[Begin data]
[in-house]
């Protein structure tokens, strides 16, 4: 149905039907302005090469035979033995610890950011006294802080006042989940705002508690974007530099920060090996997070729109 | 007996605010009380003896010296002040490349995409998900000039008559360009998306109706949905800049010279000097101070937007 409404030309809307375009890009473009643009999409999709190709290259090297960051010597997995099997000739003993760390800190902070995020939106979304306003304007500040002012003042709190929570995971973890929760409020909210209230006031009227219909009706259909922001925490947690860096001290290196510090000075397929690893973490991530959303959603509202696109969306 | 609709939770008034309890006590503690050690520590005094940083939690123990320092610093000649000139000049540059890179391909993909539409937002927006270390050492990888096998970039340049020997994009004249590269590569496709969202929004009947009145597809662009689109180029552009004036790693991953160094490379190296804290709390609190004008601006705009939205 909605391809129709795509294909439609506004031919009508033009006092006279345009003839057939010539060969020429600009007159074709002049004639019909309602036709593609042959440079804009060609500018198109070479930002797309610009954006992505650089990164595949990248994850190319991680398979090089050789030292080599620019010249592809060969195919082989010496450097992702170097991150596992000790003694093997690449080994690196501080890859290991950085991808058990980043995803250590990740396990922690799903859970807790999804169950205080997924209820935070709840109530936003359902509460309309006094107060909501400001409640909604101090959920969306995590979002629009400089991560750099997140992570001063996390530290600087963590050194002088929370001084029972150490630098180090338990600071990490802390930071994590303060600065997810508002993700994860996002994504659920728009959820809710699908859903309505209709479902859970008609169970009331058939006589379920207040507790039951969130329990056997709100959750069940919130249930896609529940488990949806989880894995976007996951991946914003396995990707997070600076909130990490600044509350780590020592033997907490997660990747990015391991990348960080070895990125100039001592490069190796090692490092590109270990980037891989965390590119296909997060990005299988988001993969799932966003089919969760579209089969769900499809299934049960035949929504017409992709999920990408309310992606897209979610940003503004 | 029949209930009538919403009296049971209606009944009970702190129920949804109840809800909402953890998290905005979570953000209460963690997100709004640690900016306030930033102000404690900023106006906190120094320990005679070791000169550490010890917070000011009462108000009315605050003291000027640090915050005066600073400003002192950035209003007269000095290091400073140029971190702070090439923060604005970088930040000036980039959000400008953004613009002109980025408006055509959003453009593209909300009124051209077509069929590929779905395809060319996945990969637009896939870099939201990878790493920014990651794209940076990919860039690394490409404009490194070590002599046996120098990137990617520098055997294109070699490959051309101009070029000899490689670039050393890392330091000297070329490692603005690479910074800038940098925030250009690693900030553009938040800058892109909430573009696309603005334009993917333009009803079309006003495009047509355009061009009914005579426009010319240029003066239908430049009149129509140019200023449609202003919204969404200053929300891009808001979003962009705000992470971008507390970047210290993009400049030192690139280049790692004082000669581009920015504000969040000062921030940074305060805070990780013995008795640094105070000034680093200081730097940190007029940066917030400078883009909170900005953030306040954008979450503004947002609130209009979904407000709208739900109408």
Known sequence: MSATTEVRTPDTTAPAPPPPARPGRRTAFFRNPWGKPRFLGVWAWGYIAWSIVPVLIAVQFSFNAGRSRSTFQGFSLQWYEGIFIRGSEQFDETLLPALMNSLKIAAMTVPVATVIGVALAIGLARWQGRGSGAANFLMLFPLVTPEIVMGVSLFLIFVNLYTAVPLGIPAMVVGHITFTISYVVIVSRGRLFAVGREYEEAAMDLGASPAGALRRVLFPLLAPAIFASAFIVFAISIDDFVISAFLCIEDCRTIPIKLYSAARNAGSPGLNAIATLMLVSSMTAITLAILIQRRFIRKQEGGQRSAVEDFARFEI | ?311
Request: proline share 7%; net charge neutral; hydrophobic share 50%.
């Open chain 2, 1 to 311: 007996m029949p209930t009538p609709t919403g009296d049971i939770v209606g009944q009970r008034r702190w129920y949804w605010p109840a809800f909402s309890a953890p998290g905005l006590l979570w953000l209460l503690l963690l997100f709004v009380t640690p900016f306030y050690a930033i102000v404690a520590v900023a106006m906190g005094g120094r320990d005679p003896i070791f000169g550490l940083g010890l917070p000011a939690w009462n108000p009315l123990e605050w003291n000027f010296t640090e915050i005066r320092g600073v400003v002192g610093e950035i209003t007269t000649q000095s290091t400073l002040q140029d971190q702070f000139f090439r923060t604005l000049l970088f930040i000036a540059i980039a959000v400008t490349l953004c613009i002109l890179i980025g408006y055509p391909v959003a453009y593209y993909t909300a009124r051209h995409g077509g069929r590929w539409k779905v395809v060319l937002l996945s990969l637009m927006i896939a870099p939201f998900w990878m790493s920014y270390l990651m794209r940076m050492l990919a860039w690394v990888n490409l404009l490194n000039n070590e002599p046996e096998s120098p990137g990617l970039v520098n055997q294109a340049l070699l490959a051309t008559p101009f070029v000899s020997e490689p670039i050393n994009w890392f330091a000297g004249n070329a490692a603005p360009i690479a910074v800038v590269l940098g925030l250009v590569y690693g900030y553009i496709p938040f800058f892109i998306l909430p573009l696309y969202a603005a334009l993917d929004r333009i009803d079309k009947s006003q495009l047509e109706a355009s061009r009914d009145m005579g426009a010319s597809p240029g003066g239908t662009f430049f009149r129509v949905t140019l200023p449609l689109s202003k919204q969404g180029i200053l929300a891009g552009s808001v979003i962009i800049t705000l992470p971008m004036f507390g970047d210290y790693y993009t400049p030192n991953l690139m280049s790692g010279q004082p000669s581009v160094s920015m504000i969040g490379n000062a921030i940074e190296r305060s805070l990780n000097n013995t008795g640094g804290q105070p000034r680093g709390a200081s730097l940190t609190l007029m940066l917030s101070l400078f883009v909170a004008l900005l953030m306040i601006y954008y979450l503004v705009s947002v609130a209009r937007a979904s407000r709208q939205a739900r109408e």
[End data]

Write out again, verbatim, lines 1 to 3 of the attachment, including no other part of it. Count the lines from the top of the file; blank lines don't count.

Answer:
[in-house]
């Protein structure tokens, strides 16, 4: 149905039907302005090469035979033995610890950011006294802080006042989940705002508690974007530099920060090996997070729109 | 007996605010009380003896010296002040490349995409998900000039008559360009998306109706949905800049010279000097101070937007 409404030309809307375009890009473009643009999409999709190709290259090297960051010597997995099997000739003993760390800190902070995020939106979304306003304007500040002012003042709190929570995971973890929760409020909210209230006031009227219909009706259909922001925490947690860096001290290196510090000075397929690893973490991530959303959603509202696109969306 | 609709939770008034309890006590503690050690520590005094940083939690123990320092610093000649000139000049540059890179391909993909539409937002927006270390050492990888096998970039340049020997994009004249590269590569496709969202929004009947009145597809662009689109180029552009004036790693991953160094490379190296804290709390609190004008601006705009939205 909605391809129709795509294909439609506004031919009508033009006092006279345009003839057939010539060969020429600009007159074709002049004639019909309602036709593609042959440079804009060609500018198109070479930002797309610009954006992505650089990164595949990248994850190319991680398979090089050789030292080599620019010249592809060969195919082989010496450097992702170097991150596992000790003694093997690449080994690196501080890859290991950085991808058990980043995803250590990740396990922690799903859970807790999804169950205080997924209820935070709840109530936003359902509460309309006094107060909501400001409640909604101090959920969306995590979002629009400089991560750099997140992570001063996390530290600087963590050194002088929370001084029972150490630098180090338990600071990490802390930071994590303060600065997810508002993700994860996002994504659920728009959820809710699908859903309505209709479902859970008609169970009331058939006589379920207040507790039951969130329990056997709100959750069940919130249930896609529940488990949806989880894995976007996951991946914003396995990707997070600076909130990490600044509350780590020592033997907490997660990747990015391991990348960080070895990125100039001592490069190796090692490092590109270990980037891989965390590119296909997060990005299988988001993969799932966003089919969760579209089969769900499809299934049960035949929504017409992709999920990408309310992606897209979610940003503004 | 029949209930009538919403009296049971209606009944009970702190129920949804109840809800909402953890998290905005979570953000209460963690997100709004640690900016306030930033102000404690900023106006906190120094320990005679070791000169550490010890917070000011009462108000009315605050003291000027640090915050005066600073400003002192950035209003007269000095290091400073140029971190702070090439923060604005970088930040000036980039959000400008953004613009002109980025408006055509959003453009593209909300009124051209077509069929590929779905395809060319996945990969637009896939870099939201990878790493920014990651794209940076990919860039690394490409404009490194070590002599046996120098990137990617520098055997294109070699490959051309101009070029000899490689670039050393890392330091000297070329490692603005690479910074800038940098925030250009690693900030553009938040800058892109909430573009696309603005334009993917333009009803079309006003495009047509355009061009009914005579426009010319240029003066239908430049009149129509140019200023449609202003919204969404200053929300891009808001979003962009705000992470971008507390970047210290993009400049030192690139280049790692004082000669581009920015504000969040000062921030940074305060805070990780013995008795640094105070000034680093200081730097940190007029940066917030400078883009909170900005953030306040954008979450503004947002609130209009979904407000709208739900109408």
Known sequence: MSATTEVRTPDTTAPAPPPPARPGRRTAFFRNPWGKPRFLGVWAWGYIAWSIVPVLIAVQFSFNAGRSRSTFQGFSLQWYEGIFIRGSEQFDETLLPALMNSLKIAAMTVPVATVIGVALAIGLARWQGRGSGAANFLMLFPLVTPEIVMGVSLFLIFVNLYTAVPLGIPAMVVGHITFTISYVVIVSRGRLFAVGREYEEAAMDLGASPAGALRRVLFPLLAPAIFASAFIVFAISIDDFVISAFLCIEDCRTIPIKLYSAARNAGSPGLNAIATLMLVSSMTAITLAILIQRRFIRKQEGGQRSAVEDFARFEI | ?311